else
            if(pos==1)
                insertHead(val);
            else
            {
                Node<T>* curr = first;
                int i = 1;
                // iterate till position is reached.
                while( i<pos )
                {
                    curr=curr->next;
                    i++;
                }
                //create new node.
                Node<T>* p = new Node<T>(val,curr->next);
                //link new node to previous node.
                curr->next = p;
            }
        }
        void concatenate(List<T>* m)
        {
            //m is concatenated to end of *this.
            if(first)
            {
                last->next = m->first;
                last = m->last;
            }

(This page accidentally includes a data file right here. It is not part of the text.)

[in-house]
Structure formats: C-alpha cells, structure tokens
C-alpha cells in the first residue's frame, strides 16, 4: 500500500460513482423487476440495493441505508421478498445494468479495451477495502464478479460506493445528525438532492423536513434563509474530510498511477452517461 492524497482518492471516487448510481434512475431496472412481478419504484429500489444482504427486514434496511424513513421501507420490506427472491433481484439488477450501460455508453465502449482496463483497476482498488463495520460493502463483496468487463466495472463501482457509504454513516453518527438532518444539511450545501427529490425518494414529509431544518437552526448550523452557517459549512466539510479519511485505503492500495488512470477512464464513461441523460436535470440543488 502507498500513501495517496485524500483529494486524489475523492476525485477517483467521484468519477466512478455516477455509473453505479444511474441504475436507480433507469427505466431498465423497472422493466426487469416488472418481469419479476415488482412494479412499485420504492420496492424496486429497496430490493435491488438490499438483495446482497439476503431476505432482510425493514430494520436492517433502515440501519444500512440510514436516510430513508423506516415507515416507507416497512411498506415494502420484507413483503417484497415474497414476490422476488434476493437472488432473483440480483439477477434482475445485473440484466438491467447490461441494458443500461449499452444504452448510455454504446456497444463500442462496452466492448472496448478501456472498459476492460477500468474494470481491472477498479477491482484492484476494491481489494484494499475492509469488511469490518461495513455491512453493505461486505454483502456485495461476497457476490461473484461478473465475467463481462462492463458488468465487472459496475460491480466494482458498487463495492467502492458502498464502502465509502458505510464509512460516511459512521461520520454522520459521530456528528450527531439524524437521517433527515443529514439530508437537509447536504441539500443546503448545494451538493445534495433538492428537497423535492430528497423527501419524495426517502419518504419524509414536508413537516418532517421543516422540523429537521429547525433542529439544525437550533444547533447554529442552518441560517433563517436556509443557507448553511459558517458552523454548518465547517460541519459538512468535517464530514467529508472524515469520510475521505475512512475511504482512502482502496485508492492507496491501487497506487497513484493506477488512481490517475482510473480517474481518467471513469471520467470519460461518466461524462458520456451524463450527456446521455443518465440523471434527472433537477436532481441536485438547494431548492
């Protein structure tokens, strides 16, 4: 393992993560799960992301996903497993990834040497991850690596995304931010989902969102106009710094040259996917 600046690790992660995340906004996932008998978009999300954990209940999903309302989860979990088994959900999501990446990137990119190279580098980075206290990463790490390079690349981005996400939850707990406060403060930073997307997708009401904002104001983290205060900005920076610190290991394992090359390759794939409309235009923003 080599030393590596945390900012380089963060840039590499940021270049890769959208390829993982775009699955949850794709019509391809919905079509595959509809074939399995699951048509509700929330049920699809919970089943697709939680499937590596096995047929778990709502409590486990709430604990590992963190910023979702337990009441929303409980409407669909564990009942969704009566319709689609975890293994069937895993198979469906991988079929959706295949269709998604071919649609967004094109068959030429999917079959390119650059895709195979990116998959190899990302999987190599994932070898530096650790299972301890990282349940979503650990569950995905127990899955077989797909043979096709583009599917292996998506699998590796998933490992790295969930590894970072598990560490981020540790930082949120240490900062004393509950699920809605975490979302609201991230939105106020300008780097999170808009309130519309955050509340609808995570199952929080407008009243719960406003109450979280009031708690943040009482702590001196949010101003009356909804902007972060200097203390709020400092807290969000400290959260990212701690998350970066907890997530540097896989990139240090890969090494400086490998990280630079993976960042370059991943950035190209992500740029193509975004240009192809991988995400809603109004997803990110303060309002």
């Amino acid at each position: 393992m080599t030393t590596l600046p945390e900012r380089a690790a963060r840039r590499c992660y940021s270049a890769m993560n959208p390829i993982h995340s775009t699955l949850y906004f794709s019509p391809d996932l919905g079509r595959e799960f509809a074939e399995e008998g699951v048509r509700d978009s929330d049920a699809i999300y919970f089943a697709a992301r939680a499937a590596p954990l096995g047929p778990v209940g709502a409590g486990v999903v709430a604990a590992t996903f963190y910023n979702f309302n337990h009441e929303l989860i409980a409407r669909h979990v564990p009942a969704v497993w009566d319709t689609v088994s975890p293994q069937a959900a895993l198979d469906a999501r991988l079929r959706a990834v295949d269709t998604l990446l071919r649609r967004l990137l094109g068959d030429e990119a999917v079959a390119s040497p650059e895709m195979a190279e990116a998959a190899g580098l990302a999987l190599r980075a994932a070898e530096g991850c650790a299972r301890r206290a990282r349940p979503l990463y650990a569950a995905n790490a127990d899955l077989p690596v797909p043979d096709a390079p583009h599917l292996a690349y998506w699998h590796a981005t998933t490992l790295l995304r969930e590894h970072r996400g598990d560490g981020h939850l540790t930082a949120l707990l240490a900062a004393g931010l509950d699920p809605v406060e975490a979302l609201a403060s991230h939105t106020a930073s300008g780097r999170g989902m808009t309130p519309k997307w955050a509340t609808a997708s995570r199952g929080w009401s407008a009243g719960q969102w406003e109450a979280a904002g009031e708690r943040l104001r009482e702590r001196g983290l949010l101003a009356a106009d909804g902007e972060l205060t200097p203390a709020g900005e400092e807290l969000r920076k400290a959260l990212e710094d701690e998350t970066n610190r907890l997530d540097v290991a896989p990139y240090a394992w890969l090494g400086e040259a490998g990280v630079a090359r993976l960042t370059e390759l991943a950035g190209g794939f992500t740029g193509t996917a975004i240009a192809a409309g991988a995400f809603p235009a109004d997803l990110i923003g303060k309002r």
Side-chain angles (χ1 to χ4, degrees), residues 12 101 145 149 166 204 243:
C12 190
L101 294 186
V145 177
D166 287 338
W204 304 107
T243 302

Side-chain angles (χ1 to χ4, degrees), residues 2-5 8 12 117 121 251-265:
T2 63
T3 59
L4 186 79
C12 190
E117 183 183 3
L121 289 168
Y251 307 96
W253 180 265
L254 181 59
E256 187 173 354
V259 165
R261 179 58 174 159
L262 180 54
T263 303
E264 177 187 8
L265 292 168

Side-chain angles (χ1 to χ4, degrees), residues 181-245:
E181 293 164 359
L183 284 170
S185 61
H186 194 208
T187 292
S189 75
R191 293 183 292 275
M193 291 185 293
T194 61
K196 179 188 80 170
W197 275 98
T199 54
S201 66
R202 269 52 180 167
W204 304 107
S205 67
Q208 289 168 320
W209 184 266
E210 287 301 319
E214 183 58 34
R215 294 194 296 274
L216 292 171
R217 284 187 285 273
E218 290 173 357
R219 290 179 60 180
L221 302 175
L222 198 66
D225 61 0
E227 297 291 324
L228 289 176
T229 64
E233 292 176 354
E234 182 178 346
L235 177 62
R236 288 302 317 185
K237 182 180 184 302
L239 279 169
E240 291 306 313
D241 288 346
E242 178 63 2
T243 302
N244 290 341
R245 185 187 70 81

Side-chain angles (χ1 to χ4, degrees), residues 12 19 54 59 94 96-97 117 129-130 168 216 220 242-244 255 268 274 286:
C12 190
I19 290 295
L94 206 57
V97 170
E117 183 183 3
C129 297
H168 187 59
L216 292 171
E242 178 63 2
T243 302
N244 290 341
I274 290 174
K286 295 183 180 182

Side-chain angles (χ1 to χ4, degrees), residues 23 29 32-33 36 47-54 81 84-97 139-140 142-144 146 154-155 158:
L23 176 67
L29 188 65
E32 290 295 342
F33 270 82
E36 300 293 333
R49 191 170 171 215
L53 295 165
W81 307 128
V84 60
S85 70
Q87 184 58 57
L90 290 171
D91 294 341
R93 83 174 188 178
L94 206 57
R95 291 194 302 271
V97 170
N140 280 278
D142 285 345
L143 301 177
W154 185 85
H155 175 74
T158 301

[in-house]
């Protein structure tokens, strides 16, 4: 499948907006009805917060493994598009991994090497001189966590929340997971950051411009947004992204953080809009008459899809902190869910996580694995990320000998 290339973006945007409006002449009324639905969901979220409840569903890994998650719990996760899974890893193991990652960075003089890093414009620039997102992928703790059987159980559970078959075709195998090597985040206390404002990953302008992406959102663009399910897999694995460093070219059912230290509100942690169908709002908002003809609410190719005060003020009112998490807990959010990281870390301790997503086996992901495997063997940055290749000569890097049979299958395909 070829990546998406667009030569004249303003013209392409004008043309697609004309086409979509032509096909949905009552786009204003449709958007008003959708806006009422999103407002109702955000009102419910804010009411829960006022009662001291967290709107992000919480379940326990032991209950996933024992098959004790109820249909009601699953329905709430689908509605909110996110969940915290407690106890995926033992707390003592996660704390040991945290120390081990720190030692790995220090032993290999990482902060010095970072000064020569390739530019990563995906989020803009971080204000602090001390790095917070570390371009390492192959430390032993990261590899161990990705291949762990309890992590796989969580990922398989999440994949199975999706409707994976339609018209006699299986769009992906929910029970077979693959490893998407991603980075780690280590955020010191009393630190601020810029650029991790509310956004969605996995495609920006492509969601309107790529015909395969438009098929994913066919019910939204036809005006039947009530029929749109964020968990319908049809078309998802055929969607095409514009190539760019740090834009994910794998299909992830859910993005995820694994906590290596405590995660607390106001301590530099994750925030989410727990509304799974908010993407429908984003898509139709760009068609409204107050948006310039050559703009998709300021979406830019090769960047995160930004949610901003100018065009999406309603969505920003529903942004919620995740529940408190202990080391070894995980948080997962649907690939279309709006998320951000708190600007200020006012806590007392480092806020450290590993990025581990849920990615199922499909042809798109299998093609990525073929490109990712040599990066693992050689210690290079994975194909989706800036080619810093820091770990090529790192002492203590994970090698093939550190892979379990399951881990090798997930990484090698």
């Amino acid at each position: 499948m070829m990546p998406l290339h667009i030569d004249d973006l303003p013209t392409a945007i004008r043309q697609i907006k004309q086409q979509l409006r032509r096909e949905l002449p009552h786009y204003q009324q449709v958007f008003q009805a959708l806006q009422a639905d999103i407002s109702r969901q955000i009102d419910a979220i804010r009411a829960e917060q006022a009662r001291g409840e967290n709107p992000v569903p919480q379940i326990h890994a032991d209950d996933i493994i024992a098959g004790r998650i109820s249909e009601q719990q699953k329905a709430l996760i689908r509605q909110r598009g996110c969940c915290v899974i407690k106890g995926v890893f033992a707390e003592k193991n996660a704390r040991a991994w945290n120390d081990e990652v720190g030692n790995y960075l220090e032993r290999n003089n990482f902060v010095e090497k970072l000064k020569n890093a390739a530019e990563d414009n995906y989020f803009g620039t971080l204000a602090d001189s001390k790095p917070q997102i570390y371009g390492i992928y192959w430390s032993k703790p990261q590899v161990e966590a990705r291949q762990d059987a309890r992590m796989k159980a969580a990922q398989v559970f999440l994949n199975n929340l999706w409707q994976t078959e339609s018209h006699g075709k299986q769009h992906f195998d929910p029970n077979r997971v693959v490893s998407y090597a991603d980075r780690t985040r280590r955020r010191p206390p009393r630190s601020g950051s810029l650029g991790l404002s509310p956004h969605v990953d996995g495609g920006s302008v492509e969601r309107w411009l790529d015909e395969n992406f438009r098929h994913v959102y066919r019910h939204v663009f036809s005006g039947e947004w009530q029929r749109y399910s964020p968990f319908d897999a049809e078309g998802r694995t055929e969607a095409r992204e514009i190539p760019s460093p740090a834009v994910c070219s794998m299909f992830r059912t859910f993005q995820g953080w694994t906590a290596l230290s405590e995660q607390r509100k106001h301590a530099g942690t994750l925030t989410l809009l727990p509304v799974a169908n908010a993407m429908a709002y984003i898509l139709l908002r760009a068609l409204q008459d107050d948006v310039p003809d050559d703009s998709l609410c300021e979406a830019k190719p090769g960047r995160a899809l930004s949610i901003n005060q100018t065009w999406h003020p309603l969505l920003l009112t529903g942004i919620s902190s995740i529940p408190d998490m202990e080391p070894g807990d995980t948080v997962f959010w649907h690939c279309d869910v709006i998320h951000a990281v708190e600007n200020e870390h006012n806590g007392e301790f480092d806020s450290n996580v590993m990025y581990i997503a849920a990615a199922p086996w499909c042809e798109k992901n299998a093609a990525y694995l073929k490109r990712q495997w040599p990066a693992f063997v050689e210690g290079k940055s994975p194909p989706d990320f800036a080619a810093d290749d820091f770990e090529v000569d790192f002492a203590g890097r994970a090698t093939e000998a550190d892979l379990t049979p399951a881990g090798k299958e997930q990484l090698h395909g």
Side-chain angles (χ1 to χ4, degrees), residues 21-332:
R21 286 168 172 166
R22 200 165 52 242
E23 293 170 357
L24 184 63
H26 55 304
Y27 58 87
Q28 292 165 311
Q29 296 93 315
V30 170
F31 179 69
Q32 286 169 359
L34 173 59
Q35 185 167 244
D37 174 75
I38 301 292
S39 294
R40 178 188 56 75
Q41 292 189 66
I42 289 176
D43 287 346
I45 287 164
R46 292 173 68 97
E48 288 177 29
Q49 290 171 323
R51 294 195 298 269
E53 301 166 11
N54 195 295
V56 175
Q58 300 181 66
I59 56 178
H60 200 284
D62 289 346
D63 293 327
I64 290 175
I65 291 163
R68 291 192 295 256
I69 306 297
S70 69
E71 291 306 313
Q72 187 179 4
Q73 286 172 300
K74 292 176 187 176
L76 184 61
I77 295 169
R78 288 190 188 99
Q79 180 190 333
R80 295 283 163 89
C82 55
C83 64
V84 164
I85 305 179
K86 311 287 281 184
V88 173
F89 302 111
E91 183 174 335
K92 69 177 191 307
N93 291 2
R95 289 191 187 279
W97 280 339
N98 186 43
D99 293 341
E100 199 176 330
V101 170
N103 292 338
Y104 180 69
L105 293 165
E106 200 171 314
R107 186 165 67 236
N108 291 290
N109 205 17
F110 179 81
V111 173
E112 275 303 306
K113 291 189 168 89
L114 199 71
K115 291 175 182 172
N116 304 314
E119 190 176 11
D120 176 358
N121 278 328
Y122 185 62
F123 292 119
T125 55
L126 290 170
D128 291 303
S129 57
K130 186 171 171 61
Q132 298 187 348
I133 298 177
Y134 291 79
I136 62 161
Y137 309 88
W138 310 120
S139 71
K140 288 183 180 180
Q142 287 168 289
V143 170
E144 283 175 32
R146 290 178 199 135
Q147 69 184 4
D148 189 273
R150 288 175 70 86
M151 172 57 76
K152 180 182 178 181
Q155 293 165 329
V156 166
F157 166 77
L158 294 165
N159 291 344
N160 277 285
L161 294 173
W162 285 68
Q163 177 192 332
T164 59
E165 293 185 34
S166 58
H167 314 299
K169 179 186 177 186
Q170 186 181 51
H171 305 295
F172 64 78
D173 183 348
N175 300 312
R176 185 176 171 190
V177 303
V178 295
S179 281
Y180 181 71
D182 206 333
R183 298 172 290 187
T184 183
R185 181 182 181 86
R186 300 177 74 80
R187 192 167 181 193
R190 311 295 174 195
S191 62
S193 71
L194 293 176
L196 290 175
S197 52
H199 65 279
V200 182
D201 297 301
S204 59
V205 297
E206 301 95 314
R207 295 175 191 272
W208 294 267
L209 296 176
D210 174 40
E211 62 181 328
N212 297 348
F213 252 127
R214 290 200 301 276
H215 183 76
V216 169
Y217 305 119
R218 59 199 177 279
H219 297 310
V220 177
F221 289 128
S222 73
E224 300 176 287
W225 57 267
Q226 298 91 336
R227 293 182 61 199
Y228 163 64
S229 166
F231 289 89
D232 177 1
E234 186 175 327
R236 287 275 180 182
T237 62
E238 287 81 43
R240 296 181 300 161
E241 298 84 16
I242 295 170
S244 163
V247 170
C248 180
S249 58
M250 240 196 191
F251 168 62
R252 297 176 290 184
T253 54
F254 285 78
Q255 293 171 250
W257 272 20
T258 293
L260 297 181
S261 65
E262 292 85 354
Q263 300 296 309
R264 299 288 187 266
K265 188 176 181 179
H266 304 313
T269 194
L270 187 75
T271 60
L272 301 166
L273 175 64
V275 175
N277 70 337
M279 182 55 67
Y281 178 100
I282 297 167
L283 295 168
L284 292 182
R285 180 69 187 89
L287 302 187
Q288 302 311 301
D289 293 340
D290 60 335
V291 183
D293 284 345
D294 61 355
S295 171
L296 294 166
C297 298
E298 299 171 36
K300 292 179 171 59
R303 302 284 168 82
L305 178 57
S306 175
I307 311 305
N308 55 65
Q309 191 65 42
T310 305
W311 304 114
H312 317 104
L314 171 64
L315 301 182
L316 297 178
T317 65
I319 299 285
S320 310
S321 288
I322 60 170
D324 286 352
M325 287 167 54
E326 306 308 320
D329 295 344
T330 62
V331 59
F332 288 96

else
            {
                first = m->first;
                last = m->last;
            }
            m->first = m->last = 0;
        }
        void delVal(int pos)
        {
            //if position is first, delete first node.
            if( pos == 1 )
            {
                Node<T>* p = first;
                first = first->next;
                if(first==0)
                    last=0;

                free(p);
            }
            //otherwise, iterate till correct position and delete the node.
            else
            {
                int i = 1;
                Node<T>* curr = first;
                while( i<pos )
                {
                    curr = curr->next;
                    i++;
                }
                Node<T>* p = curr->next;
                curr->next = p->next;
                if(curr->next==0)
                    last = curr;
                free(p);
            }
        }

        void searchVal(T val)
        {
            Node<T>* curr = first;
            int i = 0;
            cout<<"Search: ";
            while( curr )
            {
                if( curr->data==val )
                {